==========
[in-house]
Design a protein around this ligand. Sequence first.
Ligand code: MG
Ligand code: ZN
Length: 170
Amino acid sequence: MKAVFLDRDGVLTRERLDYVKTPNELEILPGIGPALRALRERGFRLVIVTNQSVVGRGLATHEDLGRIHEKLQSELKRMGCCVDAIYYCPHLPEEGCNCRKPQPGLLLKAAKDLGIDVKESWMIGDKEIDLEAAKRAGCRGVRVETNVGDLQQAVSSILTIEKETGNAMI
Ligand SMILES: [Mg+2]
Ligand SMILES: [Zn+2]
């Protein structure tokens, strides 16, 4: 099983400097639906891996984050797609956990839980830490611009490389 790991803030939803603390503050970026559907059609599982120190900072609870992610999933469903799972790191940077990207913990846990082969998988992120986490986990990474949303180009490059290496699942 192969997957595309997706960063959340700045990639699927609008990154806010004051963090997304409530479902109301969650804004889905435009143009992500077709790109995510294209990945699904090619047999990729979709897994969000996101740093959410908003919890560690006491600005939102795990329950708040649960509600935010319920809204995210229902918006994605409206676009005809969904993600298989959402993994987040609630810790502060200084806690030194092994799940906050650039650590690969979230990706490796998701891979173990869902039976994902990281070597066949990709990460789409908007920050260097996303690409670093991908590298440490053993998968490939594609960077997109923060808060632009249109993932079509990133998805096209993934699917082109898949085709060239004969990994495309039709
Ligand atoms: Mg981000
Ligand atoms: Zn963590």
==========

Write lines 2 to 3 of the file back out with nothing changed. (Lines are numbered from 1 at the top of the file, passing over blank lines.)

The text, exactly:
Design a protein around this ligand. Sequence first.
Ligand code: MG